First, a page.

SINGAPORE (Reuters) - Singapore received its first batch of Pfizer-BioNTech’s COVID-19 vaccine on Monday, according to its flag carrier, ahead of a rollout in the city-state that health officials have said could be as soon as two-three weeks away.
Singapore Airlines, which carried the vaccines on board one of its freighters from Belgium, did not specify the size of the batch.
Singapore is the first Asian country to receive the Pfizer-BioNTech shots after it said last week that it had approved the companies’ vaccine.
Prime Minister Lee Hsien Loong, 68, has said he would be among the early recipients of the vaccine in the nation of 5.7 million people, which has one of the lowest coronavirus fatality rates globally.
“Delighted to see the first shipment of vaccines arrive in Singapore,” Lee posted on Facebook on Monday, adding that the authorities will announce details of a rollout in due course.
He reiterated that the vaccination will be voluntary, and that he encouraged Singaporeans to take it.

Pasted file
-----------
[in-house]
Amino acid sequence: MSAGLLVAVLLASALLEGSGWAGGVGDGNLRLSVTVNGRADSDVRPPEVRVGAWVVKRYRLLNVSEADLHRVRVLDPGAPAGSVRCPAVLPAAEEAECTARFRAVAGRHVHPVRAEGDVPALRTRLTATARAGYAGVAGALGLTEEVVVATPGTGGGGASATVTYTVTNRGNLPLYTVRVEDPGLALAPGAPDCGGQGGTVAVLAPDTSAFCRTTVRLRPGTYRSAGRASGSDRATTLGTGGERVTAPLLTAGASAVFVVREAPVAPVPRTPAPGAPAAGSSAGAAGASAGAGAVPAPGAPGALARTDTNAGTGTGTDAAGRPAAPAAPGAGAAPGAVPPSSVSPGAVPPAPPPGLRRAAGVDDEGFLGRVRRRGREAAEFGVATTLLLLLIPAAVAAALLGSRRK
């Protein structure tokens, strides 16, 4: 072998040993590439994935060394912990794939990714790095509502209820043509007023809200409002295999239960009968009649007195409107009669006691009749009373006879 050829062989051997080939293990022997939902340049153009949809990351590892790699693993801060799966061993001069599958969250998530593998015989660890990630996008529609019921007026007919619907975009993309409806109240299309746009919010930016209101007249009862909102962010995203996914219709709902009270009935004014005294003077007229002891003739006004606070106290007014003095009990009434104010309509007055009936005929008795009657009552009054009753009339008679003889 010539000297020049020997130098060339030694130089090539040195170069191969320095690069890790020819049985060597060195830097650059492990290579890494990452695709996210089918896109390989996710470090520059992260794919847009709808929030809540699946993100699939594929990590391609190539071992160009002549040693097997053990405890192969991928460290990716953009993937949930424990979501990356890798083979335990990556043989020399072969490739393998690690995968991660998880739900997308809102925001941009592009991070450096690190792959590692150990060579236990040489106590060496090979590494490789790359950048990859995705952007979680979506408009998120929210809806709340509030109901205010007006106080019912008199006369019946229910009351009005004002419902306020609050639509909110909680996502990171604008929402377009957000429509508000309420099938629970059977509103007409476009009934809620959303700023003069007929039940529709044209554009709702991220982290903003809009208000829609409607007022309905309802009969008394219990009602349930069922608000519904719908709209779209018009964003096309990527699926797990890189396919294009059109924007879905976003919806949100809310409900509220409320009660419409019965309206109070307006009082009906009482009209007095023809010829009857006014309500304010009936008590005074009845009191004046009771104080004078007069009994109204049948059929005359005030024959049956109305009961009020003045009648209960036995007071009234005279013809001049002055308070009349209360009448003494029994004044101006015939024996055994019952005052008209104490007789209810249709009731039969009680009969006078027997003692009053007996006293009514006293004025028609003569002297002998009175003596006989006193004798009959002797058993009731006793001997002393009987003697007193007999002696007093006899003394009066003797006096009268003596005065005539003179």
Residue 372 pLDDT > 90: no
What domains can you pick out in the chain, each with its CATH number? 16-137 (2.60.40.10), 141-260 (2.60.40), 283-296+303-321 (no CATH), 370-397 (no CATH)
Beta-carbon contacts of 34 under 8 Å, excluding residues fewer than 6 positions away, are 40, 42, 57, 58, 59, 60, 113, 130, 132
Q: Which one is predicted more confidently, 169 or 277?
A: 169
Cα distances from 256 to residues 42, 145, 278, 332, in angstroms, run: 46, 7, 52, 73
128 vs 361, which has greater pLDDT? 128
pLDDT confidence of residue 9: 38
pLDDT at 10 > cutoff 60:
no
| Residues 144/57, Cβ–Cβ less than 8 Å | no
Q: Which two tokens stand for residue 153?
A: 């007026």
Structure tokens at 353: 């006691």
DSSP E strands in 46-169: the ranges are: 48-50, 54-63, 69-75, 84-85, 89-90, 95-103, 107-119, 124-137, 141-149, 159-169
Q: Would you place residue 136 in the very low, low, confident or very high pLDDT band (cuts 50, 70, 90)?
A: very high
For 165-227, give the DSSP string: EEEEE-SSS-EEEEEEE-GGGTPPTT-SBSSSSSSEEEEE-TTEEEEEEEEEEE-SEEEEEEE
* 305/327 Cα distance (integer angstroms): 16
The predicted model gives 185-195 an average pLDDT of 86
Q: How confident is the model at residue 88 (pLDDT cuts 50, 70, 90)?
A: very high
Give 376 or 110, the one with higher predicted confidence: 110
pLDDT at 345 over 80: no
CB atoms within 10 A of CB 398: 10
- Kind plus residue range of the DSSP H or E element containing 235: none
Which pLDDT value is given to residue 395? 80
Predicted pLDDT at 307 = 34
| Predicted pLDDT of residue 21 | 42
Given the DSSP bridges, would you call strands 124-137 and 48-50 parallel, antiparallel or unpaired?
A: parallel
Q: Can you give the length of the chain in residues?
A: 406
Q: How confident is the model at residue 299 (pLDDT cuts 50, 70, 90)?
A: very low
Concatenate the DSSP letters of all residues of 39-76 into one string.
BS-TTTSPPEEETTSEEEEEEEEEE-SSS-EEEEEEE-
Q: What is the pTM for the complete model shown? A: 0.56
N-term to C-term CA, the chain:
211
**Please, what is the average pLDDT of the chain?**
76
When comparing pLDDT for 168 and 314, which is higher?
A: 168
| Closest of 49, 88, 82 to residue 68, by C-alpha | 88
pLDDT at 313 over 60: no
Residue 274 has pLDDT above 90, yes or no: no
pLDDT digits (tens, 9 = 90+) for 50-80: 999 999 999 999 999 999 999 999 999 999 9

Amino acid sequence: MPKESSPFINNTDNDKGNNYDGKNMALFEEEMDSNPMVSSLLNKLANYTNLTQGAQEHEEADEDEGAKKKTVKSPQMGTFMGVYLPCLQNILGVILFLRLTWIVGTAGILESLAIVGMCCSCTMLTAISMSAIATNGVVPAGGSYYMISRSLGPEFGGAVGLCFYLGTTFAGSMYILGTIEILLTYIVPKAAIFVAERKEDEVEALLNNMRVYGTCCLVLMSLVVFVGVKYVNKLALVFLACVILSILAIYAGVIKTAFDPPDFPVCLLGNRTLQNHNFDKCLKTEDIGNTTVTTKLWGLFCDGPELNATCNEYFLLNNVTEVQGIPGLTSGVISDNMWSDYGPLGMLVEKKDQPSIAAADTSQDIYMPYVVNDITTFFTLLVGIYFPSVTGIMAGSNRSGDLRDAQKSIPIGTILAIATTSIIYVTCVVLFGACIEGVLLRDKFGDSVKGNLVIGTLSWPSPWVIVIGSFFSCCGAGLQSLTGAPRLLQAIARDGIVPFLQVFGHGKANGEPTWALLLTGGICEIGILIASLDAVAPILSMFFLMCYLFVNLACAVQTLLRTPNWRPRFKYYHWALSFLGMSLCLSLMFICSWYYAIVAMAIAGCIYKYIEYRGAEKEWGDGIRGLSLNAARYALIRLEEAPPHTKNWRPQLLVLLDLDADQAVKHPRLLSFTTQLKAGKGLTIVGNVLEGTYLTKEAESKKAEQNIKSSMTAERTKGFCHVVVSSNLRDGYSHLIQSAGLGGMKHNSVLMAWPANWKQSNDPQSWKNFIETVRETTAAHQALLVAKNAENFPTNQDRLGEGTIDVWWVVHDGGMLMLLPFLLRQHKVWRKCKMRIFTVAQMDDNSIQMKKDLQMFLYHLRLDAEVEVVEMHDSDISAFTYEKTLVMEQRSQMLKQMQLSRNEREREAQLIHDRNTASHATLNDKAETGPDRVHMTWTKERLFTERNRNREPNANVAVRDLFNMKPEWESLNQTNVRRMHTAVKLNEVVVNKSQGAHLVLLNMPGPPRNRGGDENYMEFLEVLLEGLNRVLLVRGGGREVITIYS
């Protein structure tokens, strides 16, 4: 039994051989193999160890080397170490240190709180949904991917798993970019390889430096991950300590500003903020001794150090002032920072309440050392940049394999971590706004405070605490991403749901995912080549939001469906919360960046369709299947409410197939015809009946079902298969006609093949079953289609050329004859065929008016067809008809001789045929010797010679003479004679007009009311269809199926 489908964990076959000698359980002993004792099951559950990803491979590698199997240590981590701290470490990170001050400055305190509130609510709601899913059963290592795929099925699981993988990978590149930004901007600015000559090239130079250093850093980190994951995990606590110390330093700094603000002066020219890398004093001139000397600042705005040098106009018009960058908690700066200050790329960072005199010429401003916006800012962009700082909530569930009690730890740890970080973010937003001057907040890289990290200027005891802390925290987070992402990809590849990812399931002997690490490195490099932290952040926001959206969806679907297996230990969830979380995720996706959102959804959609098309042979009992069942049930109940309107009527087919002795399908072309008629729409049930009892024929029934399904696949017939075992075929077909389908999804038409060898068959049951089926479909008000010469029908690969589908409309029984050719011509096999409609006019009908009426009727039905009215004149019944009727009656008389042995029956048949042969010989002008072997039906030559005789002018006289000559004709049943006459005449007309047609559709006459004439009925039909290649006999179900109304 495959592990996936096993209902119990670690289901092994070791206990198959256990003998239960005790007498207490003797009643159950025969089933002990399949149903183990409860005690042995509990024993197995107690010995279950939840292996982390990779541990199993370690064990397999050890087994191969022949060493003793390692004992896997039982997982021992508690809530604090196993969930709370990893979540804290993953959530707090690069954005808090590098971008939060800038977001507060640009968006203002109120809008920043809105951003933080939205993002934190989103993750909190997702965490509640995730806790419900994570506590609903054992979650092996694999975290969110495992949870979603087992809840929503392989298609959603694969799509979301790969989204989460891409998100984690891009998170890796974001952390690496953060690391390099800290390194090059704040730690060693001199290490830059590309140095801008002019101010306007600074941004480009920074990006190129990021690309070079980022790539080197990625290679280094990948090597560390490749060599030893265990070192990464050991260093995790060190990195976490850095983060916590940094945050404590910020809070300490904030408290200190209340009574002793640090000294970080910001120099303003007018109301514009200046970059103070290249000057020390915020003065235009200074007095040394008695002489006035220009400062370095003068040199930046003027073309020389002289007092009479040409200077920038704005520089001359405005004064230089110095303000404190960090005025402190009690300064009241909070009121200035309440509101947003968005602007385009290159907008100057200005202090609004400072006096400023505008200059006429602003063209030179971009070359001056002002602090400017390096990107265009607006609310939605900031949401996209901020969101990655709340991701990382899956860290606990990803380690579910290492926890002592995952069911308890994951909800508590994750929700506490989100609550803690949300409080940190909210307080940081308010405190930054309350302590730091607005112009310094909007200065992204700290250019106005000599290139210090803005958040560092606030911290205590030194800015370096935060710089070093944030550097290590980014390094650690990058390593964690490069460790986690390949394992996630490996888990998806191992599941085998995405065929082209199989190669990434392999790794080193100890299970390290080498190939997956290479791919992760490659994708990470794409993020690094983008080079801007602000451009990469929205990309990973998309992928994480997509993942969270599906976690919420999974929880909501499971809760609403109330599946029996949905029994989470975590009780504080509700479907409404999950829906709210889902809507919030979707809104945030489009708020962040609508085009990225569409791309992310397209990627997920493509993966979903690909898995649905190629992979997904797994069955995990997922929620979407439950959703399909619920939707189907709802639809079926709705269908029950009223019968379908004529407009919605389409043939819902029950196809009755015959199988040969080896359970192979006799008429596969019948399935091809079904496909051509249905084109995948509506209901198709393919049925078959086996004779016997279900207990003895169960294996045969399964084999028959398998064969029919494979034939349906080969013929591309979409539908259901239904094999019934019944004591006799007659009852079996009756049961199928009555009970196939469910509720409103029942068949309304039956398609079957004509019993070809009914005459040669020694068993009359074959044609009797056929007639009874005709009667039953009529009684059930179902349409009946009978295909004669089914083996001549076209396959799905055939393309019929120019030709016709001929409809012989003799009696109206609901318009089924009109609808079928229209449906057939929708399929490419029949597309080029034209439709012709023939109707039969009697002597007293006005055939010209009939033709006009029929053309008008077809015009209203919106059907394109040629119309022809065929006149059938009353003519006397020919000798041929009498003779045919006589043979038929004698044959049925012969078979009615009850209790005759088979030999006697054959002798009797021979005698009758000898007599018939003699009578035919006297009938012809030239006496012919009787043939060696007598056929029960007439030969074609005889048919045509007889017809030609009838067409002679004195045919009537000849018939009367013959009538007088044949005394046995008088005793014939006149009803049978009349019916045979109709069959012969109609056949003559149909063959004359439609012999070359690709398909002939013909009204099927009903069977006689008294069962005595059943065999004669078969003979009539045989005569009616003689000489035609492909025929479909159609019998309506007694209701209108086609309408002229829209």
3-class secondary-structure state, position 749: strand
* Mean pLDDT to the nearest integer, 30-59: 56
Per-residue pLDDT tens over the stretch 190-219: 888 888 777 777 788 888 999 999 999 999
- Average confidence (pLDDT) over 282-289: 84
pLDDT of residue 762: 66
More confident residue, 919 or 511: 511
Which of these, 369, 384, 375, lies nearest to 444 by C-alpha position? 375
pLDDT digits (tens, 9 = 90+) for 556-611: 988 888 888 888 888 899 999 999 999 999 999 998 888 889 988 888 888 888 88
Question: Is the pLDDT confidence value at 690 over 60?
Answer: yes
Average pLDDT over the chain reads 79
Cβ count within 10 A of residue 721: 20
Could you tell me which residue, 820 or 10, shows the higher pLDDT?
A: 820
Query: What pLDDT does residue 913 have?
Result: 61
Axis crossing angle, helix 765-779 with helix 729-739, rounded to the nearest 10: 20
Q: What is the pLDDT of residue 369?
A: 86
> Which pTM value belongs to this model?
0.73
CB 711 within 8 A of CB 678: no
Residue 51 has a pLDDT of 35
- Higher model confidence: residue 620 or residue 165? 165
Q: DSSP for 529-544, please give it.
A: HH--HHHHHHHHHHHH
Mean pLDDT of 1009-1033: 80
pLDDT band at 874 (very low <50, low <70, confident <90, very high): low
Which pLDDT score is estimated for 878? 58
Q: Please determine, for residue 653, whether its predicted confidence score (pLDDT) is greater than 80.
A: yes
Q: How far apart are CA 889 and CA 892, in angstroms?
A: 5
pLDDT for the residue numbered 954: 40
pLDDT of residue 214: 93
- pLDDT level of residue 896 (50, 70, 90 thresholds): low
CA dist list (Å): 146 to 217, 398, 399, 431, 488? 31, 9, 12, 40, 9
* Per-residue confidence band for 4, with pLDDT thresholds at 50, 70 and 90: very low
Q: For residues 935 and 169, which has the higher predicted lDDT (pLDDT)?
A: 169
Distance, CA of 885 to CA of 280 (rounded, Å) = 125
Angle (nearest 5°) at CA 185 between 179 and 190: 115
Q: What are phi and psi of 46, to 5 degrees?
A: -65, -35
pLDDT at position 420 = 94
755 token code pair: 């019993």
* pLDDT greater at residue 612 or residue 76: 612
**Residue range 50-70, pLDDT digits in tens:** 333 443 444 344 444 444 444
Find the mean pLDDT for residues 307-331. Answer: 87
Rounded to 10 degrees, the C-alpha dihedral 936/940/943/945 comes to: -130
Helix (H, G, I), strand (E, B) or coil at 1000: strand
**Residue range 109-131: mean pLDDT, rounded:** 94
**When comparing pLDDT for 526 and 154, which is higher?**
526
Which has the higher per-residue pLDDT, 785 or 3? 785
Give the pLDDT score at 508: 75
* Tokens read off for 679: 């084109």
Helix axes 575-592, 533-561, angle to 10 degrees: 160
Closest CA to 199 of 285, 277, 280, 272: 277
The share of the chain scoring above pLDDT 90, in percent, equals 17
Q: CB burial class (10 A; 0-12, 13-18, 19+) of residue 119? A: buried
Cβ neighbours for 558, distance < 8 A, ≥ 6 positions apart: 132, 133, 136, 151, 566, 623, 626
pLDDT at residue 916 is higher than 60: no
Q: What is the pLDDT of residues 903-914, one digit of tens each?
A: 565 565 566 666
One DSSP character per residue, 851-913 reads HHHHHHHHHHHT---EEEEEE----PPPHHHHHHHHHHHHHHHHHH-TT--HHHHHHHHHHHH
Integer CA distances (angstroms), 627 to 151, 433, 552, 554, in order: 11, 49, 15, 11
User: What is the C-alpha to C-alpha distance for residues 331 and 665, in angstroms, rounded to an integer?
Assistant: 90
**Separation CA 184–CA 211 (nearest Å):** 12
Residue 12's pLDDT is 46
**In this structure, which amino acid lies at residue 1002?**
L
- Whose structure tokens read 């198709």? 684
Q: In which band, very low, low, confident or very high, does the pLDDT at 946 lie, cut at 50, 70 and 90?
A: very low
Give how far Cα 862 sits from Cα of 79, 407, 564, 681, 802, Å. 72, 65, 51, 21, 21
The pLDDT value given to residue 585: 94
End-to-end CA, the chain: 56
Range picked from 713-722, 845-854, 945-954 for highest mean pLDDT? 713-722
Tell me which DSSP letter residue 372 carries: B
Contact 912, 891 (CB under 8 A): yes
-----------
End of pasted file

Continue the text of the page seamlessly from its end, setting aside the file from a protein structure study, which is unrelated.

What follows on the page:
The government plans to first administer the vaccine to healthcare workers and the elderly. Health ministry official Kenneth Mak had last week said the first jabs could be given “within the next two to three weeks” if safely delivered.
Singapore has kept new local infections to almost zero each day in recent months and will further ease restrictions next week.
It has signed advanced purchase agreements and made early down-payments on several vaccine candidates including those being developed by Moderna and Sinovac, setting aside more than S$1 billion ($746.16 million) for shots.
Most of the city-state’s more than 58,000 coronavirus cases occurred in cramped migrant worker dormitories, but there are some concerns about asymptomatic carriers and undetected transmission taking place.
The government said on Saturday it was investigating whether 13 travellers who tested positive at a five-star hotel in November may have been infected there during their mandatory quarantine, rather than prior to their arrival in the country.
Reporting by Aradhana Aravindan in Singapore; Editing by Martin Petty/Mark Heinrich
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